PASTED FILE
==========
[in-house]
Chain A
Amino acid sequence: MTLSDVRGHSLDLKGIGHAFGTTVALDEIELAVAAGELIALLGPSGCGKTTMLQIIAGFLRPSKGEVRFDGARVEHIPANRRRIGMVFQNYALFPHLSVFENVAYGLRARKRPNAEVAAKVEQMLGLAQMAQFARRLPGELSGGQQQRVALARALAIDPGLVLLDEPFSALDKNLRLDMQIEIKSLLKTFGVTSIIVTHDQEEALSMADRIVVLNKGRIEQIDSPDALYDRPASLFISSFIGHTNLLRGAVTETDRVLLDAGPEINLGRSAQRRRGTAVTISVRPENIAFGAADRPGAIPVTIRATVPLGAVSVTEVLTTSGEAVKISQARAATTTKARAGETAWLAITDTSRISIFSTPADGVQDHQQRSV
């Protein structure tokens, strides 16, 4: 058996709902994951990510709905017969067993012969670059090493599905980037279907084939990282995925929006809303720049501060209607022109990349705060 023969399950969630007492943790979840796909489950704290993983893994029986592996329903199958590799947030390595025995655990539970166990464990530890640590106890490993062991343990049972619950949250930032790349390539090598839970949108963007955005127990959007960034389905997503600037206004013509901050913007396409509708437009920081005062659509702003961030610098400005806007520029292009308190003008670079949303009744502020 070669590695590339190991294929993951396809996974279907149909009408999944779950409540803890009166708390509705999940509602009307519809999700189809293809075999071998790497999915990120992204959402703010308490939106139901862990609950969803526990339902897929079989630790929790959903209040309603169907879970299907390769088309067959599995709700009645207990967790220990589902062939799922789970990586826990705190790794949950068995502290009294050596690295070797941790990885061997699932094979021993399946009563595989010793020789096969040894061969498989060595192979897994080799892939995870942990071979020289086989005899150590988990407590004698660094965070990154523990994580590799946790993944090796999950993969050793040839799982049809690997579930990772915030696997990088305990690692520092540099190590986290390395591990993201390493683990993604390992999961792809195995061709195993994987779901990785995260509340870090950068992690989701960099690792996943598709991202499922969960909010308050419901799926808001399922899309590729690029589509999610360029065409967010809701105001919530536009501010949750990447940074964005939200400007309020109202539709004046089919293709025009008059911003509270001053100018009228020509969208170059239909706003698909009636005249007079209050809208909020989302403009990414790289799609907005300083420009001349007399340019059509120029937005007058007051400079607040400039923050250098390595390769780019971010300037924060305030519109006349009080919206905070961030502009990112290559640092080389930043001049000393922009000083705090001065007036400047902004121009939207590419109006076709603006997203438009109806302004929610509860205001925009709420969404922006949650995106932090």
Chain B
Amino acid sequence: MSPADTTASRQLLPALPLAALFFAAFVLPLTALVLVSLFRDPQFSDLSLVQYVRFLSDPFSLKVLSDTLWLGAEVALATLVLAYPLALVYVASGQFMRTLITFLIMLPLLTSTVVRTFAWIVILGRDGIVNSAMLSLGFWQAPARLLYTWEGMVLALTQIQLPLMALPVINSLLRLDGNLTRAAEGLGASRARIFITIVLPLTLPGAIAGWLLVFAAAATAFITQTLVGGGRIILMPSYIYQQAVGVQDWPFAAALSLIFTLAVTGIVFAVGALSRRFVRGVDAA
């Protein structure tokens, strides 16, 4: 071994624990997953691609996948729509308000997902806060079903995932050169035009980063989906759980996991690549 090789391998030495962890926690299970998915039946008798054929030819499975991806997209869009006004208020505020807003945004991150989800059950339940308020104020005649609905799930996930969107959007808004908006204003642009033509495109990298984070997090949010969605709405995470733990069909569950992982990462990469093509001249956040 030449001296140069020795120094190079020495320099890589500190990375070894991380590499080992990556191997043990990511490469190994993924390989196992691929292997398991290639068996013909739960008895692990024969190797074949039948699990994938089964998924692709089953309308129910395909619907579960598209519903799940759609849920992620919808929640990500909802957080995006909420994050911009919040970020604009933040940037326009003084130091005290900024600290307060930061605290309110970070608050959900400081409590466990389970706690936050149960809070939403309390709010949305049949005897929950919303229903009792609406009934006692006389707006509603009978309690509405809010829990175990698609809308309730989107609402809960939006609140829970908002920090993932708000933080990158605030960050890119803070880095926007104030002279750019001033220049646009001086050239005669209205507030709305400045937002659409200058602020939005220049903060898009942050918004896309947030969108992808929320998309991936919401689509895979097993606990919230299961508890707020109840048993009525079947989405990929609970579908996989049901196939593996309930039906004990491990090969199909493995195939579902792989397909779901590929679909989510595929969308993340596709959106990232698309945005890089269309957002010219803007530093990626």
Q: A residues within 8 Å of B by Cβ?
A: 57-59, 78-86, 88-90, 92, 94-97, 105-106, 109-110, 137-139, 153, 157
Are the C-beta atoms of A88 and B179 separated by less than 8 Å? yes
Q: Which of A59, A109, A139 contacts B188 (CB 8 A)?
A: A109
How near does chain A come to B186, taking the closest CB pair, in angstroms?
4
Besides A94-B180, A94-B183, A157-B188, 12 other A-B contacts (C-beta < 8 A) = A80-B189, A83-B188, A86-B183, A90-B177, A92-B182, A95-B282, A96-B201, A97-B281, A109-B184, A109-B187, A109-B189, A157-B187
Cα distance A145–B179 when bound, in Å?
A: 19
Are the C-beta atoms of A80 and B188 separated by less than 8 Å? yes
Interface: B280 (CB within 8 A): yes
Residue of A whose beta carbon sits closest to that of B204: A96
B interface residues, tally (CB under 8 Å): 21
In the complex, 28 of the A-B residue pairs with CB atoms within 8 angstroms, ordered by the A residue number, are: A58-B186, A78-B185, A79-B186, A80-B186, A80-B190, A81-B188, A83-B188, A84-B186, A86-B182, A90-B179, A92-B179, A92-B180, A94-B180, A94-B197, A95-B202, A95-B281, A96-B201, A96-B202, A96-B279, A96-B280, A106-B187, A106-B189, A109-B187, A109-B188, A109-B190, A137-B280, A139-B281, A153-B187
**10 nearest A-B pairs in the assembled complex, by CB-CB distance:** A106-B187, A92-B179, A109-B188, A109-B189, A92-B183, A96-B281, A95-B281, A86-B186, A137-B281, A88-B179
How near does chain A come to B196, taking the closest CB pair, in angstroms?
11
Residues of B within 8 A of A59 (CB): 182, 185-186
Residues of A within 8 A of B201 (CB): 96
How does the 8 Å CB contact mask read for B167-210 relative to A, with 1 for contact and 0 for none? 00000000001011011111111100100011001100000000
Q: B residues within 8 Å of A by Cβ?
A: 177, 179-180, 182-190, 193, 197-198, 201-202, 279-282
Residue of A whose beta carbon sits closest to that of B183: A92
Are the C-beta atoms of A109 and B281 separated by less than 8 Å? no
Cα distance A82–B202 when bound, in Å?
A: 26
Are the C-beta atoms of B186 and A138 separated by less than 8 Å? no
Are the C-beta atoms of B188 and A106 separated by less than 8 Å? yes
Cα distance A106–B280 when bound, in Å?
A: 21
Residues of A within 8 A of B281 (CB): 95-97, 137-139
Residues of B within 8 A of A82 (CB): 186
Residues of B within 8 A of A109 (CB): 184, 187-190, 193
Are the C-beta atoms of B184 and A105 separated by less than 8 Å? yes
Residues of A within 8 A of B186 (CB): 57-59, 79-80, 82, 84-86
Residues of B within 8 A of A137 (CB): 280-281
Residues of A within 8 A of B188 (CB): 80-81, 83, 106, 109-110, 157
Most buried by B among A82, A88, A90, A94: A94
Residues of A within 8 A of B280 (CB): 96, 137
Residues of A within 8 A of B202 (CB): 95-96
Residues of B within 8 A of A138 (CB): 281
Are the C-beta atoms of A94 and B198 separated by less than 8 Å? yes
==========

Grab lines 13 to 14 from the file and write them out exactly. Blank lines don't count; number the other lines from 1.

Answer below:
How near does chain A come to B186, taking the closest CB pair, in angstroms?
4